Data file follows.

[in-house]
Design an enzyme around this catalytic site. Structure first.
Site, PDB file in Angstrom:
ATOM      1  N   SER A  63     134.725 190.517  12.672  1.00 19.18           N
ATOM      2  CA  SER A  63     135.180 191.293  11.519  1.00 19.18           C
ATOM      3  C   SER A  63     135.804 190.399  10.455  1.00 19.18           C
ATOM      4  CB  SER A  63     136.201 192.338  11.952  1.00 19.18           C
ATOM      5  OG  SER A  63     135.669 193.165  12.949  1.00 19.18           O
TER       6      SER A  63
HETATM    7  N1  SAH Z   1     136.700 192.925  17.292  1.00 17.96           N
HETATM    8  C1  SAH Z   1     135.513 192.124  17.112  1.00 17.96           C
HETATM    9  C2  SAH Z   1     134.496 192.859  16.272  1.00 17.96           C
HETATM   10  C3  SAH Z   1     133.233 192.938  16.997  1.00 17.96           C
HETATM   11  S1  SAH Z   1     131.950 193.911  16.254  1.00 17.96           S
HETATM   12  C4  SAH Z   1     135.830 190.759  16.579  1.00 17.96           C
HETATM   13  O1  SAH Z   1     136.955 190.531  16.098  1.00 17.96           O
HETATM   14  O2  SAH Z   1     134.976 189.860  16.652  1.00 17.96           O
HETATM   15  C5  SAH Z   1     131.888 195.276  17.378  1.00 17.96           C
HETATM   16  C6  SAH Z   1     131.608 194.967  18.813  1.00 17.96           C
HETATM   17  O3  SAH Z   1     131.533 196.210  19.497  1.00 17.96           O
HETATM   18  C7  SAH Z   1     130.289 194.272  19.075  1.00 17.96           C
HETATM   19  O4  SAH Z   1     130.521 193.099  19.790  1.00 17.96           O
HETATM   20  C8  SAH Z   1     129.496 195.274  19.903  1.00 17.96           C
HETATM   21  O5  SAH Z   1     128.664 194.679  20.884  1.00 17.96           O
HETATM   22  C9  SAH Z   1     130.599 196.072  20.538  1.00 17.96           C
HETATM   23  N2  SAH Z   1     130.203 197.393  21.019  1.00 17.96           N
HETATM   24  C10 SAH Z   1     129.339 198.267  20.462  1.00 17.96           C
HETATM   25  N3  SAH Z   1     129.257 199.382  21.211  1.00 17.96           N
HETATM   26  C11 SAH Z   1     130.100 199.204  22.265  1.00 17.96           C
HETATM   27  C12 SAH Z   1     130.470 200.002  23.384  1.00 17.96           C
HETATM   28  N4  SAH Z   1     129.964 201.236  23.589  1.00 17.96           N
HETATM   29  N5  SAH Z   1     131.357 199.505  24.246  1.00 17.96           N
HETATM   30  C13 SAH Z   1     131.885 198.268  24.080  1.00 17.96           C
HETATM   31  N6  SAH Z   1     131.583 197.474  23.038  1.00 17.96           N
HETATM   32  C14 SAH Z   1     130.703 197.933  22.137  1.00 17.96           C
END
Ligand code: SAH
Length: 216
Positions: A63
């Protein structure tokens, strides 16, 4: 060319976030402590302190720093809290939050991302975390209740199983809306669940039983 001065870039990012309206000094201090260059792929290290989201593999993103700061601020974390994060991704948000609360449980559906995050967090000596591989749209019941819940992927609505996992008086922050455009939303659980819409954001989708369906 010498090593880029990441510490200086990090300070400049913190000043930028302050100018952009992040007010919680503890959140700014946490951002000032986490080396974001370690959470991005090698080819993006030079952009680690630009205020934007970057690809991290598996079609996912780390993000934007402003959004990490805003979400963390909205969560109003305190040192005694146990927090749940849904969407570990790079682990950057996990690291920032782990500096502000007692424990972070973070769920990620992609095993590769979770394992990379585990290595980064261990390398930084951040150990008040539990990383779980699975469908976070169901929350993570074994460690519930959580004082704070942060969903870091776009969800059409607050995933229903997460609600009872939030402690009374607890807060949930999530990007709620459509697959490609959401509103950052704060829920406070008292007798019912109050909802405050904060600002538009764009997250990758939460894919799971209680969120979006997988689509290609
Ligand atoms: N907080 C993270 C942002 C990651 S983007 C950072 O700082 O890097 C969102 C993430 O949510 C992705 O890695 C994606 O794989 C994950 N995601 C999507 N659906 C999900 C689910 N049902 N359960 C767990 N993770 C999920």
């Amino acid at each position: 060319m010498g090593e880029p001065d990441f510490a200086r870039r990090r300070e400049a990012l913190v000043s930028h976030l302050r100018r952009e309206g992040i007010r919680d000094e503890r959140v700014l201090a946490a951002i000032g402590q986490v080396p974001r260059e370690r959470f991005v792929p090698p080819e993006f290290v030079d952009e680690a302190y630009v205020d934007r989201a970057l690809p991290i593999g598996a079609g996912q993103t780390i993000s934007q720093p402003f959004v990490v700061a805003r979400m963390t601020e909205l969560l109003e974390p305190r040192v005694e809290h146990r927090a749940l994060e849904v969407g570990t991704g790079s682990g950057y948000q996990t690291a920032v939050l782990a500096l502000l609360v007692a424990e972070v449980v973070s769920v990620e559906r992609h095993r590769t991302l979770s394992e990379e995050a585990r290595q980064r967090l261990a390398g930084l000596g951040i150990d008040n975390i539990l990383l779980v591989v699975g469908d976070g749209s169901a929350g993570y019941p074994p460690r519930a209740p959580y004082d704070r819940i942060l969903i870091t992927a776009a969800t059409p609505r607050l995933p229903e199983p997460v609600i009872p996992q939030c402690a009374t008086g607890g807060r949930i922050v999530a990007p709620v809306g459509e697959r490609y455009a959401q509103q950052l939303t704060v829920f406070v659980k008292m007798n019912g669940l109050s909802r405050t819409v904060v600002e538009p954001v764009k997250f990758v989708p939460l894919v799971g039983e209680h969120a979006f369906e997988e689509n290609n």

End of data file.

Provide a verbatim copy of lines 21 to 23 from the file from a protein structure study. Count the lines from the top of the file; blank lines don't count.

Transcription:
HETATM   18  C7  SAH Z   1     130.289 194.272  19.075  1.00 17.96           C
HETATM   19  O4  SAH Z   1     130.521 193.099  19.790  1.00 17.96           O
HETATM   20  C8  SAH Z   1     129.496 195.274  19.903  1.00 17.96           C